Wednesday, March 25, 2015

1 Proof: Handshake Parity

I'm going to try posting on math from time to time.  I'm doing this for my own enjoyment: sometimes I might try to do posts that require a little more research, or require some preliminary explanations, but generally I'll just post my solutions to various problems I've come across (usually in books), and try to explain them as clearly as I can.  I'm sure I'm not the first to come up with any of these solutions, but any mistakes here are my own.

Here's one from the problem set in Basic Techniques of Combinatorial Theory by Daniel I.A. Cohen (1978).

Let n be the number of people who shook hands an odd number of times at a party last night.  Prove that n is even.

The technique I used to prove this is to start with the basic case of 1 handshake.  If 1 handshake has occurred then 2 people shook hands an odd number of times (1) (n = 2).  From there, look at the possibilities of extending this network of handshakes [you can also represent it as a graph of points (people) connected by line or curve segments (handshakes)*].  There are 3 possibilities for extension:

1. An odd person (a person who shook an odd number of hands) can shake hands with an even.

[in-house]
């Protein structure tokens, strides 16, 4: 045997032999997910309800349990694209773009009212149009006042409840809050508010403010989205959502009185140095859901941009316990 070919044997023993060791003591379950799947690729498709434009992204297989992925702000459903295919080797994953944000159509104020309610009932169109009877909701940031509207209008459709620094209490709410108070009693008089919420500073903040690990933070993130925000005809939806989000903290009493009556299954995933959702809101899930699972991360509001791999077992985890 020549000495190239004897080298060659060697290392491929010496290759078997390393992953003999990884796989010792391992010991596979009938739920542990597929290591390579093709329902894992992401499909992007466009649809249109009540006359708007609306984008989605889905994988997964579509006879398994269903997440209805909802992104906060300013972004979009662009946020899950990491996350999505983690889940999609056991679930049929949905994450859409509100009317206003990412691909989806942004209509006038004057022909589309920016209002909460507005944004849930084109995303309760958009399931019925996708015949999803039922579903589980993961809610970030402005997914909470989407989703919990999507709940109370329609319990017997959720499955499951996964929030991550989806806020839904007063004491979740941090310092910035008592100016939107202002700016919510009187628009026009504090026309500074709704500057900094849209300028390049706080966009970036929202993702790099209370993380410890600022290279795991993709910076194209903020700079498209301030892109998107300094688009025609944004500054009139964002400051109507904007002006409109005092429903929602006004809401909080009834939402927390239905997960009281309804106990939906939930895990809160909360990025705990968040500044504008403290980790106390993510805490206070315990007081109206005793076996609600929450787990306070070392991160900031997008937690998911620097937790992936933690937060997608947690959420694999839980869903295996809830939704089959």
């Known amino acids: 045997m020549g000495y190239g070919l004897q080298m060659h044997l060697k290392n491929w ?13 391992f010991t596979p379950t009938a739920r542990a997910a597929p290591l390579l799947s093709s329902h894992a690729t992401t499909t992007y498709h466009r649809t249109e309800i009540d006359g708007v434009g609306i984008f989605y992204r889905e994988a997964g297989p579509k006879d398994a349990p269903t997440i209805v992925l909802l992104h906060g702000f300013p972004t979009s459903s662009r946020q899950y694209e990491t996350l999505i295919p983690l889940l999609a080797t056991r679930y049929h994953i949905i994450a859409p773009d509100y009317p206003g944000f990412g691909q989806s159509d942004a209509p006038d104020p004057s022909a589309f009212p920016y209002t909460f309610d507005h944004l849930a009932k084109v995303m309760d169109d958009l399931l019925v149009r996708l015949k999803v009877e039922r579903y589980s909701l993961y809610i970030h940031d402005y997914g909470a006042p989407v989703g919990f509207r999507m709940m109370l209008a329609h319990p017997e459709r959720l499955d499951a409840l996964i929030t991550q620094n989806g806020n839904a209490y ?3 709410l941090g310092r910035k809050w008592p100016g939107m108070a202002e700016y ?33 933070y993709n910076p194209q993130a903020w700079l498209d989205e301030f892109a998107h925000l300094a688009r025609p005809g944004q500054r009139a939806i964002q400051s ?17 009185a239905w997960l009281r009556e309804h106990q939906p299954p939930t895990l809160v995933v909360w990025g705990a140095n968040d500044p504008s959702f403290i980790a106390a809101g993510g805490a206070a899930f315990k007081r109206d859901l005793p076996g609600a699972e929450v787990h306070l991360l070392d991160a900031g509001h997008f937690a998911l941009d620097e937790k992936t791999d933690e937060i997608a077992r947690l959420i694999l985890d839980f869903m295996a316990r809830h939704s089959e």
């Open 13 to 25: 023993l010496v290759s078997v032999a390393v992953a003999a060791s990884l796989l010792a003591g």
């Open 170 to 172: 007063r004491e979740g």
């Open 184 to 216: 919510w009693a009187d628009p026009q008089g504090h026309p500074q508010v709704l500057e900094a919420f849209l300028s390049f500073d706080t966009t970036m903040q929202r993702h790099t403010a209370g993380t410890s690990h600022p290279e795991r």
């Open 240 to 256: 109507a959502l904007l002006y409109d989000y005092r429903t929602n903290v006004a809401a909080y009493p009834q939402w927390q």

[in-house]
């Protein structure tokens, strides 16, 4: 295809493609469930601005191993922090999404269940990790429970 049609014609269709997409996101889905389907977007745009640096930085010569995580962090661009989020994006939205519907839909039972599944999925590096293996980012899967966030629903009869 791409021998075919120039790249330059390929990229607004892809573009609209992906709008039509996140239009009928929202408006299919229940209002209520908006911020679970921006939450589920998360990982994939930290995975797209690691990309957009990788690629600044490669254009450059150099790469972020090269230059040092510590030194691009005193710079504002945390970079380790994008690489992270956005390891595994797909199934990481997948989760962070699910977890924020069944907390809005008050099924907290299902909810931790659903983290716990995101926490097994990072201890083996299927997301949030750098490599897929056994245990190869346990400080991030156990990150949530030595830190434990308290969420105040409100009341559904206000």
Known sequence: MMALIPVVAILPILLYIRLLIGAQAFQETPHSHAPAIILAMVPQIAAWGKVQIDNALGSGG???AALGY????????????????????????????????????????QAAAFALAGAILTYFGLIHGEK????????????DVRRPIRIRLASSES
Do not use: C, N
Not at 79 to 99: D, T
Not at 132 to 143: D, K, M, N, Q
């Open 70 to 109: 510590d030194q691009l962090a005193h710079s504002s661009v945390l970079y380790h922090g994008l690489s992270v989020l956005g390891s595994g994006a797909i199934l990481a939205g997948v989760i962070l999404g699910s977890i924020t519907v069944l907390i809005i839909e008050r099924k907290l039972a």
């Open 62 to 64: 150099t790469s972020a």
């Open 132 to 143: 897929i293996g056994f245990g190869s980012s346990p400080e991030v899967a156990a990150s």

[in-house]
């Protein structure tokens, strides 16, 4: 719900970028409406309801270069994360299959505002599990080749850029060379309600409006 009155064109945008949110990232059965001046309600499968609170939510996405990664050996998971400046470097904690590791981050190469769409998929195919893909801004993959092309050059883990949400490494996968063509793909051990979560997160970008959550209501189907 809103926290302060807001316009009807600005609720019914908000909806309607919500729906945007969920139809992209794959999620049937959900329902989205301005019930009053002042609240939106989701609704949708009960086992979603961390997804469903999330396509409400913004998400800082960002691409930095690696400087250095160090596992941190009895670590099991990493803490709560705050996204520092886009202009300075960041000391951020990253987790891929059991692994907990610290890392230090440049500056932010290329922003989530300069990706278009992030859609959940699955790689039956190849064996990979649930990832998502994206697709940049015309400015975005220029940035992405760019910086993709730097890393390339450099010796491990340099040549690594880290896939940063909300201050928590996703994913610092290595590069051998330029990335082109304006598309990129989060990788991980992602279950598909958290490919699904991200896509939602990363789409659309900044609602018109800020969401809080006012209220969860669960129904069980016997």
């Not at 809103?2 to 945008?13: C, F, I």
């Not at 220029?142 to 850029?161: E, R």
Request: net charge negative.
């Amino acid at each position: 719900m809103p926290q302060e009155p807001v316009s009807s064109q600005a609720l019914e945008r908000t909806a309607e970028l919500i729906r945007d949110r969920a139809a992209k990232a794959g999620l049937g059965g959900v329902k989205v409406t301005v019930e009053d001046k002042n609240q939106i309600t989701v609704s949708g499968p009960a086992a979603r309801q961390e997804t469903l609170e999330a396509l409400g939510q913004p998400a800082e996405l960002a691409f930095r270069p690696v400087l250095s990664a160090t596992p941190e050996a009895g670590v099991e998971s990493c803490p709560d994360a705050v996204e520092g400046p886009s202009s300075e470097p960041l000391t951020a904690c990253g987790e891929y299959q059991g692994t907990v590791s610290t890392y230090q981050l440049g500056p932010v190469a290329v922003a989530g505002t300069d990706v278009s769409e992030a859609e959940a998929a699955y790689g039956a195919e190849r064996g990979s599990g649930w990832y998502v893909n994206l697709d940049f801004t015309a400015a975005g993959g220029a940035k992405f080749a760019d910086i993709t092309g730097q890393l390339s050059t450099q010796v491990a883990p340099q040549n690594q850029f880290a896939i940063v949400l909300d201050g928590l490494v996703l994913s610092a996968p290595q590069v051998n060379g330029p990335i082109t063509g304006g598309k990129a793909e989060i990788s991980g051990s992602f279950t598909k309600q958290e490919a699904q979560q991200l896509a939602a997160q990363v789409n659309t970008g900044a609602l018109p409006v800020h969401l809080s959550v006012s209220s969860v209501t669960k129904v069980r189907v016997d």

The parities switch (odd becomes even, even becomes odd), and n stays the same.

2. An odd can shake hands with another odd.
  Both become evens, the n decreases by two.

3. An even can shake hands with another even.
  Both become odds, the n increases by two.

Since any "handshake graph" can start by connecting 2 people by 1 handshake (2 odds), and the number of odd people can only (1) stay the same, (2) decrease by 2, or (3) increase by 2, it follows that the n will always be even.

*More generally, this also proves that in such a graph, the number of nodes connected by an odd number of lines is always even.  This also holds for graphs where nodes connect to each other more than once (such a multi-graph would represent people shaking hands with each other more than once).

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